Famed choreographer dies at 90
American choreographer Merce Cunningham, known for revolutionizing modern dance, has died at the age of 90.
The Cunningham Dance Foundation released a statement Wednesday saying that the choreographer passed away from natural causes in his home on Sunday.
A top contender in the arts community for 60 years, he formed the Merce Cunningham Dance Company in 1953, choreographing almost 200 works for it.
He began to dance as a young child, then soon become a soloist with from 1939 to 1945 with Martha Graham, a pioneer in modern dance.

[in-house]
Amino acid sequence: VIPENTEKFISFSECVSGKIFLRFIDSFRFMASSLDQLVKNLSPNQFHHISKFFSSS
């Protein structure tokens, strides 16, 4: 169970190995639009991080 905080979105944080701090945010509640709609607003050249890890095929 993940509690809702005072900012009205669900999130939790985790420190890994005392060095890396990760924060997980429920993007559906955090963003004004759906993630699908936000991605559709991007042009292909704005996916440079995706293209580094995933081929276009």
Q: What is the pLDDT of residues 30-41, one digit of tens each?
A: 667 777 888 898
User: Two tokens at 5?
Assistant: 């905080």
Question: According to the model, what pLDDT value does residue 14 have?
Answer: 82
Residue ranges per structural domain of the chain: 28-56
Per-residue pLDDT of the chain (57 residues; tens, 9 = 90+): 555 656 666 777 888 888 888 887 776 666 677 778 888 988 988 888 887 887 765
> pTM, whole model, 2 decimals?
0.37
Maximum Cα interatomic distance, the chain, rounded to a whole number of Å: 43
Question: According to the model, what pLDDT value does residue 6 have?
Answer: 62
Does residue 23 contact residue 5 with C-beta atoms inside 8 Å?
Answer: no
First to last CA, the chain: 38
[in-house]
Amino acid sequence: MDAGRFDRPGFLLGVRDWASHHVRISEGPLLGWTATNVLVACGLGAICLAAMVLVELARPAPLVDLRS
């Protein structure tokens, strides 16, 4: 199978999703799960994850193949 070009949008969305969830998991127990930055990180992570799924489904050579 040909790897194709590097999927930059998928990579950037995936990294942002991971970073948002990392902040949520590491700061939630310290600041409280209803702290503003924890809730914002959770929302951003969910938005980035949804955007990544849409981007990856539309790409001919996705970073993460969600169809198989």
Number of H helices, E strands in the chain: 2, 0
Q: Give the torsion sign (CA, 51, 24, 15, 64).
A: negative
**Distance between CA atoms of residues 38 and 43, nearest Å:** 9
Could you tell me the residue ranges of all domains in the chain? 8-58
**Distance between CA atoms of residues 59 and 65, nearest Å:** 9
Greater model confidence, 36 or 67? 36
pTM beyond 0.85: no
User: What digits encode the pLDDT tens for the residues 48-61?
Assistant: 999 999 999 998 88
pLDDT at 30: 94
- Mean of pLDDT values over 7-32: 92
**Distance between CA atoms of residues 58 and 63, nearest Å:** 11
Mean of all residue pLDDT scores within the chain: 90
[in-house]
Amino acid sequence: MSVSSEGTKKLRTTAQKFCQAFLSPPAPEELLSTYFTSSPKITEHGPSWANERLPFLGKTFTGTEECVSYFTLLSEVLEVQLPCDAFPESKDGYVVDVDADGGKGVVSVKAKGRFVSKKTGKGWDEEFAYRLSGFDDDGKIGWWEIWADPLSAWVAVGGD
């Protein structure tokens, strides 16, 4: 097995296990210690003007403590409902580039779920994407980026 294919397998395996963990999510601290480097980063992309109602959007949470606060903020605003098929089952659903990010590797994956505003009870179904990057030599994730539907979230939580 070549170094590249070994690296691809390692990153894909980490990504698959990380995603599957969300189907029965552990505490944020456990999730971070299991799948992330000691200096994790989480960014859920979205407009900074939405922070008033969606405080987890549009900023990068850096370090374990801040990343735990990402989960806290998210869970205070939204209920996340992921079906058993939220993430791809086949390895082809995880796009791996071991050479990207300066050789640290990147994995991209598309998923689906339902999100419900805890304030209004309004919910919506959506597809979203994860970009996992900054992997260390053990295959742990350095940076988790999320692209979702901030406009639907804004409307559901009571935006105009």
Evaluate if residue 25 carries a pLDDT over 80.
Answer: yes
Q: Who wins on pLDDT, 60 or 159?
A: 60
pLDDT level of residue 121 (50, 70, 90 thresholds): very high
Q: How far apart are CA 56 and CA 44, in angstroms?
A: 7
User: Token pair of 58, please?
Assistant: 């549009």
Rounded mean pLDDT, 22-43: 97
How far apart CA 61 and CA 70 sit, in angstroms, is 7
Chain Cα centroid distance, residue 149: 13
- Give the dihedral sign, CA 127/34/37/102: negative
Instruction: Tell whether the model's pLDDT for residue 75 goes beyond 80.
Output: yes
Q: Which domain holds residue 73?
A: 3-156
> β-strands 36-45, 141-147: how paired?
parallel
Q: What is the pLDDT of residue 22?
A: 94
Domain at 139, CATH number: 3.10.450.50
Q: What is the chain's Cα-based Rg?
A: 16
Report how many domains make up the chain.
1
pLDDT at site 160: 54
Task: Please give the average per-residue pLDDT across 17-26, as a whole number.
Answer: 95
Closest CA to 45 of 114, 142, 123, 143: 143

His first solo concert debuted in New York in April 1944, along with the music of his partner and collaborator John Cage. He went on to form his own dance company in 1953, then proceeded to, along with Cage, merge music and movement in a new way.
Cunningham abandoned traditional connections between movement and music, and instead chose to interconnect the two arts only as independently; he also did away with conventional storytelling, focusing on the poetry of dance.
Cage was a pioneer of indeterminacy in his compositions; Cunningham took the same approach, changing modern dance thereafter.
For more information about Cunningham, his works, legacy, awards, and approach to modern dance, visit merce.org.